• Sin Ogaris, I know it's squarer than today's smartphones, so it looks wider, but the diagonal screen size per screen is only 5.6" (not the 6"+ used by most phones today), which means that I think this will fit in just about any pocket a modern smartphone would. I was a little bit worried that it may be too thick, but Daniel addressed that. Since I've already accepted (with sadness) that I need to use an Android phone, assuming camera is good, this sounds like the best Android phone a former Windows Phone fan could have.
  • Using MS launcher would be a good proxy for the experience, except being on one screen. Good launcher
  • Yeah, you might be right, it doesn't help that I only seem to see it being held by females, so the hand to phone ratio is significant.
  • Android allows icons and widgets just like Windows phones. The only difference is Android widgets have advanced functionality while WP widgets have no functionality at all. WP style widgets are dead. Windows 10X doesn't have them either.
  • You can fold it so it takes the half of the space of a tablet. If you don't have a problem carrying a whole tablet instead of something half its size, then I understand you.
  • Even at half the size it's still too big to carry it around in anything but a bag. If you need a bag to begin with, you can put a device in that is twice the size.
  • SashaDr, you must be referring to the Neo, not the Duo? Duo is definitely an easily pocketable device, even a front pocket in jeans. For the Neo, I think the size does make it more portable. To your point, it's not perfectly portable like a phone, but small enough to go in even the smallest bag. I think the difference is the attached keyboard and pen -- it's gets down to mini tablet size, but opens up to iPad Pro sized with a full keyboard. This isn't for everyone, but it bridges the "I want a large screen on my tablet" (bigger than iPad Pro) and "I want a tablet that doesn't require a special backpack" (folds down to the size of a Kindle or iPad Mini).
  • No it's not really just another tablet. It's a tablet that is small to store, but also versatile. A normal tablet line Surface Pro is huge in comparison. With the Neo, you can use it as a tablet. Use it half screen. Or even use it as a small full blown laptop. And I think this is what differentiates it from other foldable and other tablets. There is nothing this small on the market that runs full software. And has all the accessories on the device ready to use. Nothing to carry with it to plug in. If you actually step back, this device will be used heavily across business and industry.
  • But a Surface Go certainly isn't "huge by comparison", it is larger, but not exorbitantly so. The using it half screen is its one saving grace, but I never liked laptops with a 360 degree hinge (though that is merely a personal preference, and clearly there are people that like that design, because companies are still making them), so I can't imagine this being any different. I much prefer just ditching the other half (keyboard) and using the tablet on its own, given how easy it is to pop on and off the keyboard it's quicker than folding a thing around.
  • And was the Go, anywhere yesterday? No, for obvious reasons I suppose;)
  • There are smaller Windows tablets, they all flopped though. Windows is terrible on anything smaller than 10". Even 10" isn't that great. https://www.windowscentral.com/what-ever-happened-all-small-windows-10-t...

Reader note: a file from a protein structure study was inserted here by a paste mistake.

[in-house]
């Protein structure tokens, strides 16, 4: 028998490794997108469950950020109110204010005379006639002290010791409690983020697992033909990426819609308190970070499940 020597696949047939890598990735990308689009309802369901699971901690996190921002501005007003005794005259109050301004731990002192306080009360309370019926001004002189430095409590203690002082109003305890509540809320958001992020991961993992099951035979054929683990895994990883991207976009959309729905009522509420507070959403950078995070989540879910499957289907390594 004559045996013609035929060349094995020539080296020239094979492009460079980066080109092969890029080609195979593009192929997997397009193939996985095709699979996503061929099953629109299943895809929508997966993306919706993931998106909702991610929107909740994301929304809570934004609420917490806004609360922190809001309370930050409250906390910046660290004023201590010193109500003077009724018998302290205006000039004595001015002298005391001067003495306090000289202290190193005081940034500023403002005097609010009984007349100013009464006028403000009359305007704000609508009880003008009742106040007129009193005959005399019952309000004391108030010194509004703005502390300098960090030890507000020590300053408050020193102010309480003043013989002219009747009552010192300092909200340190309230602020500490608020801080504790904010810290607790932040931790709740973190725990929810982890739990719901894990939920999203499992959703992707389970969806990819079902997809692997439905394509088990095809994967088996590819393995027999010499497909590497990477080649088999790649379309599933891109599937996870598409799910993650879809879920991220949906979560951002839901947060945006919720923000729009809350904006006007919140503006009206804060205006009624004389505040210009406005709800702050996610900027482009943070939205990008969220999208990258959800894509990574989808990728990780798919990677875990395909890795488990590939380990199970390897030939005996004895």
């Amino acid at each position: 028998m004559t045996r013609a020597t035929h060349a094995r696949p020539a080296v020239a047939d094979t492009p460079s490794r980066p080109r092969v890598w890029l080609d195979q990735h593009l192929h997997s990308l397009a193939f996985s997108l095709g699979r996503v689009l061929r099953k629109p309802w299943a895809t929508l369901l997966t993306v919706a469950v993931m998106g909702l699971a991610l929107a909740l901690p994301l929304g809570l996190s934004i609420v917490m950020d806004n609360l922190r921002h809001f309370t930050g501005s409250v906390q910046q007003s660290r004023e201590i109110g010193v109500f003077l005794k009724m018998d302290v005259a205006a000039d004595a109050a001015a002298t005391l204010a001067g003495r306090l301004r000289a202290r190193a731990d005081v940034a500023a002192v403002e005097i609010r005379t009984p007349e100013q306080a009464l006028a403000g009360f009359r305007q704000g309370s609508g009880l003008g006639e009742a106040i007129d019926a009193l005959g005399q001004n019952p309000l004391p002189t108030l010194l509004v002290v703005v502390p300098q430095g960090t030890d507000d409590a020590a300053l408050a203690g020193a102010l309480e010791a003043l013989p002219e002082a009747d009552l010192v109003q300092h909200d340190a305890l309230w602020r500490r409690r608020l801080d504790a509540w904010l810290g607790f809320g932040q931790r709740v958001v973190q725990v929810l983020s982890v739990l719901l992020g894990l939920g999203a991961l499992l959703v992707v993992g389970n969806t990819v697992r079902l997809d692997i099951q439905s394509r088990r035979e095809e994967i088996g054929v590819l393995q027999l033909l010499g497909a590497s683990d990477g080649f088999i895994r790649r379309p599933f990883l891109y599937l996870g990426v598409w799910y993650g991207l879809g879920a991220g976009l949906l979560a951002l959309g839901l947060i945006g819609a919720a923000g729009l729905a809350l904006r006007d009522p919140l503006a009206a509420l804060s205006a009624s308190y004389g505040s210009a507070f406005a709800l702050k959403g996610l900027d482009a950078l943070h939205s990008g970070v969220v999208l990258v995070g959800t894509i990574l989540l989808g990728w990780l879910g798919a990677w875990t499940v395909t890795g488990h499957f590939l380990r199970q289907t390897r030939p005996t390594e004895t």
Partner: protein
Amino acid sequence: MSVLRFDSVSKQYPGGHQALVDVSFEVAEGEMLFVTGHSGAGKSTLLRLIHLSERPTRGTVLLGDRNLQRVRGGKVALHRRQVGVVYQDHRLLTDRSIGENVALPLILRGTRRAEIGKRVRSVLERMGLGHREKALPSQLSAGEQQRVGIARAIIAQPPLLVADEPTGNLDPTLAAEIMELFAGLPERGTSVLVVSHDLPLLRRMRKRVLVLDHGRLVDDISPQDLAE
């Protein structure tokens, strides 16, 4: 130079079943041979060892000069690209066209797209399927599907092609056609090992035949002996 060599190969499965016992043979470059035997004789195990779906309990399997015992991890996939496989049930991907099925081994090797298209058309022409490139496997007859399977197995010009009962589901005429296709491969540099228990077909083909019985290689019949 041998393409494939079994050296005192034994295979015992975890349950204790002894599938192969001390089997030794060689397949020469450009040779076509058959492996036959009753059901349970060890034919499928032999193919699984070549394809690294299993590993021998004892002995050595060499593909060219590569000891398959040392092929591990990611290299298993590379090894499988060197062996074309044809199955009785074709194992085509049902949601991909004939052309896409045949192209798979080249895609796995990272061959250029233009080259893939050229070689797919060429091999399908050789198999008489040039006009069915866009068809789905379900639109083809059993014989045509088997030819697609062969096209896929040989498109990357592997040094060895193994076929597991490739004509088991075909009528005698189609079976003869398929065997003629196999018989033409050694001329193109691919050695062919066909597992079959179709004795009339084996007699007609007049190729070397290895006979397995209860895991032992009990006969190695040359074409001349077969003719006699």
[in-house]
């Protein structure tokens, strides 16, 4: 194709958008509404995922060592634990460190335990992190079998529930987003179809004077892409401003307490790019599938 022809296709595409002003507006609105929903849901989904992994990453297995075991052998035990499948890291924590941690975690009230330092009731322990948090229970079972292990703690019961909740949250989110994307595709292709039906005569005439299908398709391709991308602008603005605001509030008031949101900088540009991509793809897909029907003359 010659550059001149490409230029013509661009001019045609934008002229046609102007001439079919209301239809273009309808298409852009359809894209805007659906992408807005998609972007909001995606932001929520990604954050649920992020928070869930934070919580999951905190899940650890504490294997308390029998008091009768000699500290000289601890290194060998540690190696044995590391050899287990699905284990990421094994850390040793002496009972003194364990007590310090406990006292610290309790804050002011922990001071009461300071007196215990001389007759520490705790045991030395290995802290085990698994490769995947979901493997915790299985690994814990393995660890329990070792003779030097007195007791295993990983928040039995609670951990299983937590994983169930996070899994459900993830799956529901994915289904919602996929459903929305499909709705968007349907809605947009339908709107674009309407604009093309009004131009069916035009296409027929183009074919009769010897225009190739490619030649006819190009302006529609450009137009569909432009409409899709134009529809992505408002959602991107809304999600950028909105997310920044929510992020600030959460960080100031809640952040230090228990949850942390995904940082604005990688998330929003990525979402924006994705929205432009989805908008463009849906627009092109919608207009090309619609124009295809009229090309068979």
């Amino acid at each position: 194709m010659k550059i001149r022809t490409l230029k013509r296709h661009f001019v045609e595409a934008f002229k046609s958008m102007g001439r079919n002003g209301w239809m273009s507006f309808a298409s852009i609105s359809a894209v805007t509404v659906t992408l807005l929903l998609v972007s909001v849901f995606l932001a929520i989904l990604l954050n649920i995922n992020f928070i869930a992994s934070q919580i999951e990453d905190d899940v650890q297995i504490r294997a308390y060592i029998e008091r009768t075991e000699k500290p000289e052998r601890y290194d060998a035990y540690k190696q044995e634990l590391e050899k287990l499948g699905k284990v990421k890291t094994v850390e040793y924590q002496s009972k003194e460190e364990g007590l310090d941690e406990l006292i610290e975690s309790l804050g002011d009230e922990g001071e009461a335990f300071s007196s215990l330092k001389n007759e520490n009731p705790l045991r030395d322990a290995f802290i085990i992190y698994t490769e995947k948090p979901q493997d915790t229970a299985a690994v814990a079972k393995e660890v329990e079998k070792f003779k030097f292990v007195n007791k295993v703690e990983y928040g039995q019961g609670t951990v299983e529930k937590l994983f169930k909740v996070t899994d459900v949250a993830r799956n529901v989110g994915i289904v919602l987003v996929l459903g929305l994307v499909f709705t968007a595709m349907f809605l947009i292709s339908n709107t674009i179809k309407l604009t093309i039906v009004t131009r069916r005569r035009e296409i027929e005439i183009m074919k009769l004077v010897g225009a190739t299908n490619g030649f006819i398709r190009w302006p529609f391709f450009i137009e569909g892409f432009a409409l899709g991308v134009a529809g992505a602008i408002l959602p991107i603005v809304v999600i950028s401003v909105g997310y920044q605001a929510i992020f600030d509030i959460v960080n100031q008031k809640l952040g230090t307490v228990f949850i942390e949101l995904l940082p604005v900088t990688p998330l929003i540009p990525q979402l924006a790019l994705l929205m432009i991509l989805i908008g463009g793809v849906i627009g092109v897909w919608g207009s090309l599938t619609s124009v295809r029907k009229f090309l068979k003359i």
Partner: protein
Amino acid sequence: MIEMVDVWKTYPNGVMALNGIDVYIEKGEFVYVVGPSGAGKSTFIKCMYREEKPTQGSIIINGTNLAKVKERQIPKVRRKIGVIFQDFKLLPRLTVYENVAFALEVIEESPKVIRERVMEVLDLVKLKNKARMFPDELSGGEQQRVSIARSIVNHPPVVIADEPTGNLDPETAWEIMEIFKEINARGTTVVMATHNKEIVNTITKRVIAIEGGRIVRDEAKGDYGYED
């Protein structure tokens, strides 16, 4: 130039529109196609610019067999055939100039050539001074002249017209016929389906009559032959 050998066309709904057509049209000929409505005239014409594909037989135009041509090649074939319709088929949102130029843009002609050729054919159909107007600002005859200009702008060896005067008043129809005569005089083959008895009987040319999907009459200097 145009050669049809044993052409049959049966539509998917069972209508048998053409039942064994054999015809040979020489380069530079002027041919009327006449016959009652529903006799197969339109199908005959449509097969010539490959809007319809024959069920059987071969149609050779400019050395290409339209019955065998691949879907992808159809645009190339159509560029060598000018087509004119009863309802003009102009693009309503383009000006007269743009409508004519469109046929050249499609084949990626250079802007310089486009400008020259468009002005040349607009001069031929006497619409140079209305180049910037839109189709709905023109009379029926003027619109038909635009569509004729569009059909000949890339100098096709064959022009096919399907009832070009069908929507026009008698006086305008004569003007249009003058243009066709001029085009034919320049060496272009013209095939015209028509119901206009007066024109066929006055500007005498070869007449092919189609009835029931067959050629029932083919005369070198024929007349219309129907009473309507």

• That article doesn't show Windows flopping on smaller tablets, just that the big boys aren't making premium devices anymore, presumably the 8" market is cost sensitive (huge numbers of Amazon Fire tablets forcing prices low) and they weren't selling well. I personally have 3 8" or smaller windows tablets, they were good for what I needed and I had one running my home security and monitoring 24x7 for a very long time, but they were incredibly cheap £69 each, which with the free year of Office 365 made them a bargain, but at this price point HP and Dell can't compete with Chinese offerings.
  • I think it's the fact that it's pocketable but folds out. When folded it looks smaller than a Note10; when opened up it's a 8+ inch screen. People want larger screens, no doubt about it, and this solves the biggest restriction, which is pocket sizes. (Same with the other foldables on the market, but they're just not nearly as impressive.)
  • As a notebook/sketching experience, the crease in the middle is going to be a real letdown. Maybe not terminal, but I was really hoping for that transition with reflected images we saw blueprints of a year ago... I'm SO hoping they'll release a Windows version as well; the Neo proves that it's possible!
  • I agree the reflected images thing would have been great. I remember the patent you speak of. However, this is a first generation device, so maybe we'll see that reflected images thing down the line on the Neo 2 or Duo 2 (if both eventually run Windows 10X). Sometimes patents take years to implement, if they're implemented at all.
  • But LG suuuuuuuuuuuuuuuuucks
  • Microsoft will ship this Surface Duo with two choices, Android or Windows X. Please say yes/probably Dan.
  • I'd like to that to happen but have little belief that it will
  • Also there's one open point...what experience will the Duo with Android gives you when connected to an external display? They are gonna put 2 OSes one when in smartphone mode and one when in desktop? That's the whole point, the single device is the next big thing for me. This way Microsoft is gonna lose the desktop market as well XD
  • I think for me both of these devices are designed for those who live in meetings. The single folding display is for media consumption, this is about productivity. Think of the scenario where you are watching a webinar on one screen and taking notes on the other; or perhaps writing a technical brief but referring to the original specification document?